Part 3 of the Action Plan is to create a team to help you deliver your event project. You may be the lead organiser or have been appointed to manage the project but whoever said ‘many hands make light work’ had probably just arranged a three-day conference!

Step 4: Select Your Venue Partner
You will need to create a venue brief and gather information relating to your requirements from a wide range of venues. Once you have a list of 4-5 possibilities, carry out a recce to see the places for yourself. You’ll be amazed how different things may be when seen on the ground. We only ever go with our 1st choice venue from desk research about 20% of the time following a recce.

Step 5: Create Your Programme
The content is your product. This is what your event is all about. Ask yourself what content is needed to achieve your objectives. Budget clearly has an impact on who you can approach to speak at a conference or dinner, or what level of entertainment you can have at say, an annual awards ceremony. But the content must be on brief.

Step 6: Select Your Suppliers
Although this is your project to design, develop and deliver, you know that you can’t do it on your own. Regardless of what your event is and what your objectives are, in addition to hosts, speakers and entertainment, it is highly likely that you will also need to draw on a whole host of other suppliers.
You and your suppliers are your team, and just as teams can win or lose depending on the abilities and attitudes of individual team members, your event will only ever be as good as your suppliers can make it - and you are responsible for picking your suppliers.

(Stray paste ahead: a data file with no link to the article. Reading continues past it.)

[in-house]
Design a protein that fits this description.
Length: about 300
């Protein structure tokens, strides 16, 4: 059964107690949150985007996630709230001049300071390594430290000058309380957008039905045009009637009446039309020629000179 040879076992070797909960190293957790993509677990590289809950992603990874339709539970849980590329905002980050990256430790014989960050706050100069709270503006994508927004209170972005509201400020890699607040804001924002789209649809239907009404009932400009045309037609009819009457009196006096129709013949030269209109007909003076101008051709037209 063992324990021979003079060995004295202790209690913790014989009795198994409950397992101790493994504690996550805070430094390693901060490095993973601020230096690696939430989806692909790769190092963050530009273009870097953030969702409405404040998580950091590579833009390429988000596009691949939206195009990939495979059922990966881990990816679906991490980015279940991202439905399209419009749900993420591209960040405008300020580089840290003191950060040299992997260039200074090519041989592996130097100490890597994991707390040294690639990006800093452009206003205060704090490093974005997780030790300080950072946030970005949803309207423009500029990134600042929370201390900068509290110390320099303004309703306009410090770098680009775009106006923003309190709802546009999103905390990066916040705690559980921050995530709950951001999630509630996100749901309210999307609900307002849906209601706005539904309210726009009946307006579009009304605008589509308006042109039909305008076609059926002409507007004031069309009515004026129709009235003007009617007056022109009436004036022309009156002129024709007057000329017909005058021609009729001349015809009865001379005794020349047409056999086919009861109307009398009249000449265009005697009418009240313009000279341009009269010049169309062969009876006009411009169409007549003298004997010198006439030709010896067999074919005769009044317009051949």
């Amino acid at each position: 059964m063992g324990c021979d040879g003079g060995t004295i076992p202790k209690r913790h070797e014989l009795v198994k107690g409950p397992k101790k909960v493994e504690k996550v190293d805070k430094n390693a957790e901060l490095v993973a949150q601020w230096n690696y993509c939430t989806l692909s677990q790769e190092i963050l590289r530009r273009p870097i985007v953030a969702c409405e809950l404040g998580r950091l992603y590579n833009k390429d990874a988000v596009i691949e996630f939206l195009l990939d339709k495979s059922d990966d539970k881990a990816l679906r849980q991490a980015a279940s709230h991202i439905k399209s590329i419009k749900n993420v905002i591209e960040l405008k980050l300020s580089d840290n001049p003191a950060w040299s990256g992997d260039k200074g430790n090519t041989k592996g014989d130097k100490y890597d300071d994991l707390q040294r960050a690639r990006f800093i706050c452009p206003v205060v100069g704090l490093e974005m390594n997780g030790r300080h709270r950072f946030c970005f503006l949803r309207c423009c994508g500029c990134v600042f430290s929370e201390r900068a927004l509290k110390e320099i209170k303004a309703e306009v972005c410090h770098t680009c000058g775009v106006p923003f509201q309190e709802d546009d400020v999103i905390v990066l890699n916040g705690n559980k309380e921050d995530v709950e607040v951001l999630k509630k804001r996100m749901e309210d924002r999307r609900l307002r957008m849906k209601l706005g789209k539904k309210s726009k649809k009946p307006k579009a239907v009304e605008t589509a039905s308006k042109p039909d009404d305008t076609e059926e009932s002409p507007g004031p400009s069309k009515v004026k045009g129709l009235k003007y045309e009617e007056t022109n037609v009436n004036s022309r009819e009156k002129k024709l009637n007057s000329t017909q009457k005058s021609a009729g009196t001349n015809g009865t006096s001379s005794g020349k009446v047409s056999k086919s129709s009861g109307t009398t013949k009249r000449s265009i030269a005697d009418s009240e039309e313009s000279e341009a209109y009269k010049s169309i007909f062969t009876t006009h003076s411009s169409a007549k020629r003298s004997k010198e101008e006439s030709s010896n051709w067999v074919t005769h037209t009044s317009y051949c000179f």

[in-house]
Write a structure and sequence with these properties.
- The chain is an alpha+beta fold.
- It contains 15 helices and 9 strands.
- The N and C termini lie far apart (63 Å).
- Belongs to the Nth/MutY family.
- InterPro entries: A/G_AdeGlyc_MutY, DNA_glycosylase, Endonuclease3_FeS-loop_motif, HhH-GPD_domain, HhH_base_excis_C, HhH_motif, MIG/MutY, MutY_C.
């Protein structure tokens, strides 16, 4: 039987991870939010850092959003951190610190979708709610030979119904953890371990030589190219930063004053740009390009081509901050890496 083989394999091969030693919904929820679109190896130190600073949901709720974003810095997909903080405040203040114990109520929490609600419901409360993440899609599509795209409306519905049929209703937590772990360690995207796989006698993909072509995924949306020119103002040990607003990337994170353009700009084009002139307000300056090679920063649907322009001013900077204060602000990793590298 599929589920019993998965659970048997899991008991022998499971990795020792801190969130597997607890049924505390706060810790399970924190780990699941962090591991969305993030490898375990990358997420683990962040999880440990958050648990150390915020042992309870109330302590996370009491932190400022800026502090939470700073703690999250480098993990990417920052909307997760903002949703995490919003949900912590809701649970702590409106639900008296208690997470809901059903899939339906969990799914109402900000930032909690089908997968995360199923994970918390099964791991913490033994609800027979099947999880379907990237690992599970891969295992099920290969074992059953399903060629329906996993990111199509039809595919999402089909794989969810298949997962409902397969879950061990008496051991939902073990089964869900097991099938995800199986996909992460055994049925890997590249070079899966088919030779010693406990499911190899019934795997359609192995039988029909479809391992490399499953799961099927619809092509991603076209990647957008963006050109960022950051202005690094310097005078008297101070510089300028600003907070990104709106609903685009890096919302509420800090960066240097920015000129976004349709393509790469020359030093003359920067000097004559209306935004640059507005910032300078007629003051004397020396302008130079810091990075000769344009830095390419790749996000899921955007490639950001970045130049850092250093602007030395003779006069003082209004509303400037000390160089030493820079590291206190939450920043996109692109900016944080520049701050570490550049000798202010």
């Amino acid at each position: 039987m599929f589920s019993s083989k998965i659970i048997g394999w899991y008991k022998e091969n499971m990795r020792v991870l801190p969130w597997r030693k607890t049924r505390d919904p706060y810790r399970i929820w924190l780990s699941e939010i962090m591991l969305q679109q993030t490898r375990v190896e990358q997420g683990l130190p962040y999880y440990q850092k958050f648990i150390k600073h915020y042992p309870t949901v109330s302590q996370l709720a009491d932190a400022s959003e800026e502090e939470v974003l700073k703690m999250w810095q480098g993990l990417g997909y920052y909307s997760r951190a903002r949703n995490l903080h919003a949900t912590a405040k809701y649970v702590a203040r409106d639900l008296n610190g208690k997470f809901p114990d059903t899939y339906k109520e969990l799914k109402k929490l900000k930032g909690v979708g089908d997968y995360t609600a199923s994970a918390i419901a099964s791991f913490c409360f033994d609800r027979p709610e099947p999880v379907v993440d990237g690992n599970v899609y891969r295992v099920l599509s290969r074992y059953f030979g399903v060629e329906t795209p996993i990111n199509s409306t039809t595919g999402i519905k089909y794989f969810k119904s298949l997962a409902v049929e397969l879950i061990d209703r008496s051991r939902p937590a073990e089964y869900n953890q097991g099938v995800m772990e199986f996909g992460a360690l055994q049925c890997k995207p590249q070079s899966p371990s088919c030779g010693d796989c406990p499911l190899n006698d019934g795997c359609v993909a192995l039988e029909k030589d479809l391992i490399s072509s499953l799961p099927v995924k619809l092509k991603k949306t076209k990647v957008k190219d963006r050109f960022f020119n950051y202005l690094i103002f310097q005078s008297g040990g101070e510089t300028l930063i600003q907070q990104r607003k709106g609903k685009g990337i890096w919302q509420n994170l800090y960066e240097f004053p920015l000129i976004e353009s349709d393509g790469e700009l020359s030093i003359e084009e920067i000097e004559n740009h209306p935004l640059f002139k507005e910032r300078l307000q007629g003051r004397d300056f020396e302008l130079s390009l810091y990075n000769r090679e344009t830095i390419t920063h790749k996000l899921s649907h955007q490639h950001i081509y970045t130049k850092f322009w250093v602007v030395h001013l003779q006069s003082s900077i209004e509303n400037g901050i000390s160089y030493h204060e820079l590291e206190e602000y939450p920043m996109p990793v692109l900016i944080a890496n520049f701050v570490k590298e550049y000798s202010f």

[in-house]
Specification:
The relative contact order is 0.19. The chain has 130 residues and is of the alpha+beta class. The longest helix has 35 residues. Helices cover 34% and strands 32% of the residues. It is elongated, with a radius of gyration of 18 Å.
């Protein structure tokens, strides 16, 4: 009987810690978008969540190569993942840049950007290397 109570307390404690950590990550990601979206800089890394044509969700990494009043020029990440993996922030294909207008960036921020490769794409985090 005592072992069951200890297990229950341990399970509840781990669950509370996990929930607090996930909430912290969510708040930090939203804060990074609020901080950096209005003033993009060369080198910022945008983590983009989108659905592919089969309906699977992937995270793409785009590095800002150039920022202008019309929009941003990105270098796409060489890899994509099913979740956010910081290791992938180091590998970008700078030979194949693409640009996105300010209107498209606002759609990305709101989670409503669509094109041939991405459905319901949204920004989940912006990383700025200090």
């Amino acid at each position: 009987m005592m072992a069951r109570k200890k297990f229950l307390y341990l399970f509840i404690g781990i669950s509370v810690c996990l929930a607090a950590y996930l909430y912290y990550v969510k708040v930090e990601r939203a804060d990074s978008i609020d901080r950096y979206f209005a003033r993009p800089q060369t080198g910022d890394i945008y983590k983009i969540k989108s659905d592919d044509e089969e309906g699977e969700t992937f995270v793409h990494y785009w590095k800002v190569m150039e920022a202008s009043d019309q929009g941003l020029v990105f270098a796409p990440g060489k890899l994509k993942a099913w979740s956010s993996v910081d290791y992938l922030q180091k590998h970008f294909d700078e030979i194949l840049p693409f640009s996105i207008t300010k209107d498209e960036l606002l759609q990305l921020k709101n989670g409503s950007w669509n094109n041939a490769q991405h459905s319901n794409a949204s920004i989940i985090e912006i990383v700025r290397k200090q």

Step 7: Shout From the Rooftops
This is all about communication. You will need to create a brand identity to actually communicate; create a booking website; establish an email campaign; you might want to form a relationship with a 3rd party to help promote your event...You may even need to incentivise registrations. The message needs to be broadcast to the right audience in the right way. If your potential audience isn’t responding, the answer is most probably NOT to simply shout louder.

Step 8: Manage the Big Day
The event day is really all about delivery, which can be broken down into two components: operational and content.

In your action plan in step 3, you will have worked out who will be helping you deliver the event on the day. In the weeks running up to the event, you should allocate roles to specific people.
You will also need to create an event schedule - a chronological plan outlining what is happening at any given point in the whole event set up and delivery process.

This is what the event is all about. As we mentioned before – this is your product! Allocate someone to time-keep and manage speakers. They will also be able to convey delays or advancements to venue staff outside of the event room. Encourage interaction between the audience and speakers both inside the event room and at refreshment breaks.

Step 9: Ask – How did We Do?
Let’s go back to the original question in step 1... how do you know the event went well and did it achieve its objectives? Now is the time to evaluate!

The nature of your event and its audience will determine what kind of evaluations you can carry out but there are a few routes that can help create a rounded picture of the event’s success and again it’s worth bearing in mind you should look at your project operationally and from a content point of view. You should consider using the following routes:

anecdotal feedback
monitoring social media
an electronic post event evaluation
a team debrief

Wherever it is that you want to get to - enjoy your event journey!

(And don’t forget to download our FREE 24-page 9 Step Guide to planning a corporate event from our home page.)